The NBA All-Star Game is like the high school prom. The cool kids act like they don’t really want to be there, but rarely shy from an opportunity to steal the show; freshmen rarely get to go; the real attractions are the pre- and post-prom parties; the whole thing is traditionally overrated; and for all the pomp and circumstance, a lot of people end up complaining about the experience more than anything. And yet anybody who doesn’t get an invite feels like a loser.
And so in a sports society where we don’t want athletes to care about individual accolades — unless it makes for a good motivational story like Paul Pierce — we care on their behalf. We campaign, promote and argue the merits of our favorites to get that prom ticket. And if you’re part of the outcast set, i.e. a losing team, you often have to be creative in making your case.
But sometimes you shouldn’t have to work that hard. Like if you’re affiliated with the Golden State Warriors this year, it’s easy to point out why Monta Ellis is deserving of an All-Star spot.
First, you drop the numbers: Monta ranks third in the League in scoring at 25.9 points per game, second in steals at 2.3 per game, 22nd in assists at 5.6 per game, and first in minutes, logging 40.9 per night. How many players in the League are averaging at least 25 points, 5 dimes and 2 steals this season? One. It’s Monta Ellis. In fact, the only other players averaging at least five assists, two steals and 10 points are Chris Paul and Rajon Rondo. Ellis has 11 games where he’s scored 30-plus points, and two games where he’s cracked 40. Four times he’s posted a double-double for points and assists, a rarity among two-guards.
Then you look at the resume of memorable moments. Three immediately stand out: (1) Christmas Day, when Monta dropped 39 points on Portland on national TV, including a spectacular reverse layup that was at least “Professor J” if not Doctor J-like and will wind up on a few season-ending Top 10 lists; (2) His fourth-quarter shootout with Kobe Bryant on Jan. 12, where Monta finished with 38 points to Kobe’s 39 in a close loss; and (3) Last night against Indiana, where Monta put up 36 points and hit the game-winning jumper just before the buzzer. If you want to add another, there was Monta’s 46-point line against Houston in the Warriors’ season opener.
Last night, the Golden State announcers were discussing Monta’s All-Star competition among two-guards in the West. (Forgetting that specific position within the backcourt doesn’t matter, but whatever.) Gauging Monta’s place in a group already boasting Kobe, Manu Ginobili, Eric Gordon and Kevin Martin, one of them asked, “Is Kevin Durant a forward or an off-guard?” His partner said, “Good question,” even though it wasn’t, since KD hasn’t played two-guard since 2008.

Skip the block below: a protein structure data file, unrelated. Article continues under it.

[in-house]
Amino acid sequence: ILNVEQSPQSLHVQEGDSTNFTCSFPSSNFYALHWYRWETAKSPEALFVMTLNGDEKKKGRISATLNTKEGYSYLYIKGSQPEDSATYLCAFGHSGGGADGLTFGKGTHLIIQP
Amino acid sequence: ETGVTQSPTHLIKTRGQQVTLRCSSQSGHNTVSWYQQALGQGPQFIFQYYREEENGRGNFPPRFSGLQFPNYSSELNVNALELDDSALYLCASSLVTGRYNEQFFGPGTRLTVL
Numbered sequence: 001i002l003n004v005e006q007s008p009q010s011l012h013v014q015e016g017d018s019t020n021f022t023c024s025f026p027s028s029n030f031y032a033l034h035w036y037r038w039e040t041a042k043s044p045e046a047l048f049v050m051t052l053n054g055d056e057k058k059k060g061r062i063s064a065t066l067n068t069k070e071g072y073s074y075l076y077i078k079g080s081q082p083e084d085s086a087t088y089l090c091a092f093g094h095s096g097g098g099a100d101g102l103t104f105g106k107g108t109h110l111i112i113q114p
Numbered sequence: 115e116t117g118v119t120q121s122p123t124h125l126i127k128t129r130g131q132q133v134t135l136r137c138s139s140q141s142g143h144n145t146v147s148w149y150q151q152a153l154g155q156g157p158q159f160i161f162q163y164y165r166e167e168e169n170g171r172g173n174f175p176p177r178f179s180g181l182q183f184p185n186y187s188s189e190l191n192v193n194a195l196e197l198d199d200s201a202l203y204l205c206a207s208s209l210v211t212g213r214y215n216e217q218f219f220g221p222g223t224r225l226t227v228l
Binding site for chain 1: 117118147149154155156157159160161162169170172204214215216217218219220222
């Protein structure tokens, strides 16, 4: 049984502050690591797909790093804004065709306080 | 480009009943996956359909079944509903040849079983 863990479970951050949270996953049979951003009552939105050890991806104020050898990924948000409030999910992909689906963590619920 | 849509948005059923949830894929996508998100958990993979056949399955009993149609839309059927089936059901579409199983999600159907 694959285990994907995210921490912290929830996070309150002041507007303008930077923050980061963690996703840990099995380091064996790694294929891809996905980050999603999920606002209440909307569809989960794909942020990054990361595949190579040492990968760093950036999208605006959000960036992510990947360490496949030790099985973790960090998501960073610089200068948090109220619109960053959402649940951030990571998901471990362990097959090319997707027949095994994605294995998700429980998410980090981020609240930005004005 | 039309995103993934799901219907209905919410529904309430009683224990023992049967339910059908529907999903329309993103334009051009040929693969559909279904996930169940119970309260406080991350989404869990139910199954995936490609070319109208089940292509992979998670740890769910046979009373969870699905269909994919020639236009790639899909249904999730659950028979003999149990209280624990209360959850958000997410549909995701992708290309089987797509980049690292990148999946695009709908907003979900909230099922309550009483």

No need to make Monta’s All-Star argument more difficult than necessary when he already has to earn the coaches vote against Russell Westbrook, Steve Nash, Deron Williams and Tony Parker, to name a few. He also has to overcome Golden State’s record (18-23) and the perception that he’s only putting up big numbers because the Warriors system inflates everyone’s stats.
However, one of the better points G-State’s announcers made last night should also be considered. “He’s done too much damage against good teams,” one of them said.
It’s true. In addition to the 38-point line against Kobe and the Lakers and the 39-point holiday outing against Portland, Monta also recorded 23 points and 7 steals in a win over Utah; 22 points, 6 dimes and 3 steals (with a bad back) to beat the Knicks; 29 points against Oklahoma City on the road; 25 points and 7 assists in a close loss to Miami; and 29 points in a win over New Orleans.
When I argued for Zach Randolph‘s All-Star bid over Kevin Love and/or Blake Griffin (if it comes down to that), I used the Grizzlies’ win-loss record as a significant piece of evidence. So by that logic, Monta should lose out in his All-Star campaign to guys like Westbrook, Parker and even Kevin Martin, right?
Not quite. With the Z-Bo argument I said, “If their numbers are essentially even … shouldn’t the edge go to the guy who’s winning more games?” The thing is, nobody’s numbers are even with Monta’s. He’s putting himself in a class by himself, a 25-5-2 class that has one member. And that guy should be taking the limo with the cool kids to the prom this year.